The bill was submitted to the State Duma, the Russian Parliament's lower house, RIA Novosti reported.
The bill says grounds for surprise inspections would include failure to correct issues by a deadline previously set by an authorized agency, complaints by individuals and legal entities, and information provided by government agencies, local authorities and the media about alleged extremism in the operation of NGOs, among other grounds.
The Russian Public Chamber, which analyzes draft legislation and monitors government and legislative activities, said it will discuss the bill Monday.
"We have invited and hope to hear opinions of Justice Ministry officials, lawmakers and representatives of the non-commercial sector," Public Chamber member Darya Miloslavskaya said.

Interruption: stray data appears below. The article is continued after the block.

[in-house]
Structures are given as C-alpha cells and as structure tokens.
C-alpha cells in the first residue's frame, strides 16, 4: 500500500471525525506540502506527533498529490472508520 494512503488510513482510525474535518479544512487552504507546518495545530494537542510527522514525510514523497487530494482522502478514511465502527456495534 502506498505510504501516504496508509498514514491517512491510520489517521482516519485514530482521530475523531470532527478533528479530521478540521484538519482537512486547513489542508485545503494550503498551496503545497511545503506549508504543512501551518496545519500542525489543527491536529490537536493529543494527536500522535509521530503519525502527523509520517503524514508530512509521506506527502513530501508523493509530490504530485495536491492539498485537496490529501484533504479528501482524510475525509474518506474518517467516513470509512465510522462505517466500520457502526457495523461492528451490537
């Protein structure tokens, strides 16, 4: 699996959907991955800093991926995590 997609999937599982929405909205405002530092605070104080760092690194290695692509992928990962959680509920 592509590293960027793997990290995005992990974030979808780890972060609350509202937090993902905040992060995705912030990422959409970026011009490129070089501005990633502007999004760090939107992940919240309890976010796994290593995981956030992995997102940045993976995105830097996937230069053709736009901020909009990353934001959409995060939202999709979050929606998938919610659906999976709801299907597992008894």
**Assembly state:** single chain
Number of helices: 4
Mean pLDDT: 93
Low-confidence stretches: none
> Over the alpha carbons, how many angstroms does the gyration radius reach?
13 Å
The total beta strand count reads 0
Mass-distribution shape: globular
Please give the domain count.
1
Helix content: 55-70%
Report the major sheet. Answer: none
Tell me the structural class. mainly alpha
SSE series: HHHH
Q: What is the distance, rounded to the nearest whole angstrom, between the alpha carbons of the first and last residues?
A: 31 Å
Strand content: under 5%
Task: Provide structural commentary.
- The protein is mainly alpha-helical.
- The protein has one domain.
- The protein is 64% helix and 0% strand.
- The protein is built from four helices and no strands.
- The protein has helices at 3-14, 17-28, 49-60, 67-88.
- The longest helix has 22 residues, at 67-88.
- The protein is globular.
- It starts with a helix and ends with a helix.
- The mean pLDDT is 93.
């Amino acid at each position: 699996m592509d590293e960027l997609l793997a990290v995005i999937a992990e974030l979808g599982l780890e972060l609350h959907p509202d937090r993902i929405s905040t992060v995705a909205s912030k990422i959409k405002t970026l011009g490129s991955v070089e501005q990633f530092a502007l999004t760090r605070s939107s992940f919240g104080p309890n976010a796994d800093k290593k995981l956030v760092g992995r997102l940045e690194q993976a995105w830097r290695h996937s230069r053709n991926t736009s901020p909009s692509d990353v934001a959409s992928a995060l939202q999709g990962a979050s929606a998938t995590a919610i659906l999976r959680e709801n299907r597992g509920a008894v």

"Frankly, I can say that it's not the best time to adopt such amendments," she said. "NGOs are yet to recover from large-scale prosecutor inspections, and extending the basis for unscheduled checks will definitely not play a positive role for the civil society development."
In November, a new law took effect requiring NGOs receiving funding from other countries to register as foreign agents. Russian activists say the inspections, which began earlier this year, are intended to scare NGOs into complying with the controversial registration law.
Notable deaths of 2014 [PHOTOS]